"Crash & Explore” is a pilot project presented by the local group, K622 Clarinet Ensembles with the support of the Hong Kong Arts Development Council. That project focuses on developing new compositions and performances, as well as larger audiences, for the clarinet. Five recently graduated composers took part in the project, and we now have members of K622 Clarinet Ensembles with us to tell us more.

    • Luis Chan@HKAC,

      Luis Chan@HKAC, "Hylozoism"@HKDI & in the studio: violinist Kitty Cheung & pianist Jenny Ng

      Luis Chan came to Hong Kong from Panama at the age of five in 1910. He died in 1995, leaving a rich legacy of work in many styles, work that reflected Hong Kong's changing landscape and art scene. On show at the Hong Kong Art Centre, “All The World’s A Stage” is a flagship exhibition of “Fuk Bak”’s art and legacy.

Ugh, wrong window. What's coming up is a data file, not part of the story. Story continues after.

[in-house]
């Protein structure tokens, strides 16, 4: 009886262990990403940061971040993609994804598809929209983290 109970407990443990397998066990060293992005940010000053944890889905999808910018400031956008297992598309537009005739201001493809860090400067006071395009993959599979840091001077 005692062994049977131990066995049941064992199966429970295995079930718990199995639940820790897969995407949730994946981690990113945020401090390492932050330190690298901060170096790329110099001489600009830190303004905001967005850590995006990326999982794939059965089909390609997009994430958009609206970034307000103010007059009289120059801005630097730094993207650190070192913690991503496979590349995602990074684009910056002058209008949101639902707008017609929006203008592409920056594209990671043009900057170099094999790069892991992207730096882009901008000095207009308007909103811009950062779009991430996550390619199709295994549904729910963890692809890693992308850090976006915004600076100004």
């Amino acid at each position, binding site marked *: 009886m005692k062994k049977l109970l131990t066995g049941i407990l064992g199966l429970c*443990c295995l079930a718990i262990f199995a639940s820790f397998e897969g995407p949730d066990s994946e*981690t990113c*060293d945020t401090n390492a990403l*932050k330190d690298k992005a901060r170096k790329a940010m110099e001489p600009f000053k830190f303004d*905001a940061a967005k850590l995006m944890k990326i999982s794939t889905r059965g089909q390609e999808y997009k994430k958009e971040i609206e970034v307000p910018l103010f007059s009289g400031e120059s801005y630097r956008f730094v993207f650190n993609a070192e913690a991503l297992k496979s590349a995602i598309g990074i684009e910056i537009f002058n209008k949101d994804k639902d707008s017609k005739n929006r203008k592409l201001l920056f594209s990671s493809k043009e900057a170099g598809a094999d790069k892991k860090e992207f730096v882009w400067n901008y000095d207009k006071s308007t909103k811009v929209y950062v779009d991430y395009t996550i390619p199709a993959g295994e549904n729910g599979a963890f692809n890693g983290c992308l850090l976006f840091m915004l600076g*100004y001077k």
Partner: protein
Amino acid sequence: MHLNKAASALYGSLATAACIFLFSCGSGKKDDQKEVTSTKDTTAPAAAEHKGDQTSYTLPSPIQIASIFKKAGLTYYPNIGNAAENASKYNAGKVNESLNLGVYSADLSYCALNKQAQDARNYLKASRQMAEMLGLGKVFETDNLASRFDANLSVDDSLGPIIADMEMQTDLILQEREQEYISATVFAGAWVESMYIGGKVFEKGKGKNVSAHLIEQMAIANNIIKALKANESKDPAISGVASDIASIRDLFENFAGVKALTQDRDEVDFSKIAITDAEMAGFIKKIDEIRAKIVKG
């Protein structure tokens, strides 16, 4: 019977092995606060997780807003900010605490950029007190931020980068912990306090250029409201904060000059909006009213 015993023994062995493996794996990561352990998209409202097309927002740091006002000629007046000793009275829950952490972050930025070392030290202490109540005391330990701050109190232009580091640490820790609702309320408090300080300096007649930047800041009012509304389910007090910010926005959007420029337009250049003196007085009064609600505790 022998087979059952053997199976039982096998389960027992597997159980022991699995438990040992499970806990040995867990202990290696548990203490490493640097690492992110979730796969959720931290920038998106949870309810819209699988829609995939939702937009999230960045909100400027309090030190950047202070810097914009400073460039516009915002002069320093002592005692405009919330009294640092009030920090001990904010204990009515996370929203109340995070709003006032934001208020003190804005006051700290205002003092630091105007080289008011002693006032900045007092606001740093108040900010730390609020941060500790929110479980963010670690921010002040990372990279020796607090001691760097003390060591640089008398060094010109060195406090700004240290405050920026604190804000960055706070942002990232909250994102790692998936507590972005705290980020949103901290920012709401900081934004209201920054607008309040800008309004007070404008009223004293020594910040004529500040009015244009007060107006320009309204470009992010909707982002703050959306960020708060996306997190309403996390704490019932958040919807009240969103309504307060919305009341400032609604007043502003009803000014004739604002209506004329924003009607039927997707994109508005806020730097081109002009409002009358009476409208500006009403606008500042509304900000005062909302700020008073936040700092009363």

Hylozoism is the philosophical point of view that all matter is in some way alive, and that this life or spiritual activity unifies all matter. The exhibition “Hylozoism” at the Hong Kong Design Institute Gallery, addresses the ways in which mankind and technology impact nature. Local and international artists and design studios, such as fuse*, Ellen Pau, Keith Lam, Ryuichi Sakamoto and Philip Beesley present five new media works, films, soundscapes, installations, and a pop-up garden, to create a "neo-nature" environment.

      The compositions of composer and pianist Arno Babajanian are influenced by Khachaturian and Rachmaninov. They range from popular songs in collaboration with renowned Russian poets, film scores, and ballet pieces to works in more virtuosic and chromatic genres. Armenian folk music and traditions are key to his own artistry. Violinist Kitty Cheung and pianist Jenny Ng are here to talk to us about their upcoming concert featuring one of his best-known sonatas.

    • Art & fashion upcycling, “Gender & Space”@Tai Kwun & in the studio: pianist Niu Niu

      Art & fashion upcycling, “Gender & Space”@Tai Kwun & in the studio: pianist Niu Niu